HOW DO YOU CALCULATE INCOME WHEN YOU EMPLOYER GIVES YOU THINGS BESIDES MONEY?
The Honourable Justice Shaw dealt with this issue in McMillan v. McMillan, 2013 ONSC 5144. In that case, the Husband worked in a remote camp in Nunavut on a two week on-two week off work schedule. His lodging and food were supplied to him. He calculated that the company’s food and lodging was a taxable benefit worth $32,845.00. The Wife wanted this amount added to the Husband’s wages of $99,297.55 when calculating the amount of the Husband’s spousal support payments to the Wife. The Husband argued that paying the increased amount would make his disposable income (money in the bank) substantially less than that of the Wife.
Justice Shaw decided that the taxable non-monetary benefits should not be included in calculating the Husband’s income. Justice Shaw felt that these benefits (room and lodging) were necessary if the Husband was to earn his wage. Justice Shaw distinguished these necessary expenses “perks” such as a company car.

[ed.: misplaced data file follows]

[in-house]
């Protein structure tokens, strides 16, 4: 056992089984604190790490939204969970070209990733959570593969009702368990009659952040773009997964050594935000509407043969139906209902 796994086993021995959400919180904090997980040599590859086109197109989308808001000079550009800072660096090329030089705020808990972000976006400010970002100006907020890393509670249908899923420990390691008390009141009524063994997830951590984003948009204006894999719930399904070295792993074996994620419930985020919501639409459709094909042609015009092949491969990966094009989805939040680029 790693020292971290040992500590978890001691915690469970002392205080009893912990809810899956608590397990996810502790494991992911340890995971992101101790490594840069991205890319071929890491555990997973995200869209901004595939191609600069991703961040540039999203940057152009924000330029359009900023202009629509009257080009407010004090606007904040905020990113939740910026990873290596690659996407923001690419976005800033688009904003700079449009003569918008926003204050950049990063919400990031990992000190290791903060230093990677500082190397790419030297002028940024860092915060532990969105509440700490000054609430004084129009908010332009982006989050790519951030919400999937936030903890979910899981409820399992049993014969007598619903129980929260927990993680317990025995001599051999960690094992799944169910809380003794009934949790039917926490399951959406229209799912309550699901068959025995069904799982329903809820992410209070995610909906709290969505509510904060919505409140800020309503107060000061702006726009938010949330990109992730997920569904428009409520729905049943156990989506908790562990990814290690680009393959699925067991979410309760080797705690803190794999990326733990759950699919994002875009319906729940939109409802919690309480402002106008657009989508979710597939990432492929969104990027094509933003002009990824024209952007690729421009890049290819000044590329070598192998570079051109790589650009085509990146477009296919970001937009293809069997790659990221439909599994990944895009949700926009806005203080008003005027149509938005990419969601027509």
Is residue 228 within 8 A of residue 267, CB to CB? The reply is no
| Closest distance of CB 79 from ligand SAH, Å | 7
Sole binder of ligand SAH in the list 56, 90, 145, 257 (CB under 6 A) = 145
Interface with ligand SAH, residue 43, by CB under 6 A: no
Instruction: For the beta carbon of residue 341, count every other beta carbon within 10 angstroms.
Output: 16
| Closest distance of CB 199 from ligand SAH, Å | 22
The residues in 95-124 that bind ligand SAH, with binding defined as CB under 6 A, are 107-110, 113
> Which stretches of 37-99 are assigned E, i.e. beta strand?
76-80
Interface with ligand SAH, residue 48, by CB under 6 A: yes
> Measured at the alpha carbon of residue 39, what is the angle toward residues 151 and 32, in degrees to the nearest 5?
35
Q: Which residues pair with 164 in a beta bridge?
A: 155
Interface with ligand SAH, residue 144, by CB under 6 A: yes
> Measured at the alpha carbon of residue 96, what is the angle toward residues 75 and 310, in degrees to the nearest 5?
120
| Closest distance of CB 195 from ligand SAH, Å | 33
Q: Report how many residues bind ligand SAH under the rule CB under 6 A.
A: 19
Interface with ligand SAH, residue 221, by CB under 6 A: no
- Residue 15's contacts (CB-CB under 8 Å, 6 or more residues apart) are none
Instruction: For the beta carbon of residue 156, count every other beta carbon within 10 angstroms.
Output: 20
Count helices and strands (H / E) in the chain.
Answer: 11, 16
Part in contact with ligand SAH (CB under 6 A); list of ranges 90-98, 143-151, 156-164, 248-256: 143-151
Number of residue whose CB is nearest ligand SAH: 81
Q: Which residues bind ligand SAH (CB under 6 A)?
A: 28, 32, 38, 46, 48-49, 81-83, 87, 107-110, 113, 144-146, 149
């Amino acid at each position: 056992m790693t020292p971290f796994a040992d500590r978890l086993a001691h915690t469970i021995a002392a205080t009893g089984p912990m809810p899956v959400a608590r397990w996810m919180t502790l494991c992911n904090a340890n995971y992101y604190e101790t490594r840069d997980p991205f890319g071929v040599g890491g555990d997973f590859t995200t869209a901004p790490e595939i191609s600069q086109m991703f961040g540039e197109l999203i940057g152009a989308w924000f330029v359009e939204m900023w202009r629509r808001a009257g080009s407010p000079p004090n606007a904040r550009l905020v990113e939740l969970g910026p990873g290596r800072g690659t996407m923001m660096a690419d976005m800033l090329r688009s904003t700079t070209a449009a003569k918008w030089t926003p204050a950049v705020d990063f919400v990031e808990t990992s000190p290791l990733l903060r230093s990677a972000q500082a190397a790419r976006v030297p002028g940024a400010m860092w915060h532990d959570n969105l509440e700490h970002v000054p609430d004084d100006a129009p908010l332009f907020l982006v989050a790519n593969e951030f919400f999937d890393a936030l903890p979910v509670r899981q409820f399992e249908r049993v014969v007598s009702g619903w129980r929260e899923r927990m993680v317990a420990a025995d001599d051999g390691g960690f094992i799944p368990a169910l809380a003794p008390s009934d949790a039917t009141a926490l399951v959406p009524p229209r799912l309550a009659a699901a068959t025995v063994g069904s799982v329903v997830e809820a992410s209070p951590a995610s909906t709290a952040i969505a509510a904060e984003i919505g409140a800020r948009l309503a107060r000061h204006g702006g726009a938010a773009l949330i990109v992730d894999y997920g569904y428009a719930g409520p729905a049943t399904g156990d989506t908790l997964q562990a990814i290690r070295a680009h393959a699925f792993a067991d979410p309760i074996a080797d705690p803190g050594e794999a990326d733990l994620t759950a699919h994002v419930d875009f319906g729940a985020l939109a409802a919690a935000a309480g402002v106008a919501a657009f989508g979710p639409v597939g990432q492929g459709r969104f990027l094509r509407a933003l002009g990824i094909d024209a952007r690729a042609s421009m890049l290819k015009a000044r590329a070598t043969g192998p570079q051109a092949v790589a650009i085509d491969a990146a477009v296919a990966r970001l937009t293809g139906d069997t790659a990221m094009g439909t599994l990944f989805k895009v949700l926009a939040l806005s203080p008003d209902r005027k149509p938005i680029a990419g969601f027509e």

Justice Shaw made it clear that this was a decision on an interim or temporary order. The trial judge could overturn his decision.
This decision makes sense, because the purpose of spousal support is to prevent one of the party’s lifestyles to diminish dramatically. Room and board in Nunavut do not improve the Husband’s lifestyle, and therefore should be irrelevant. But what if the claim was child support? The purpose of child support is different. Would this analysis still apply?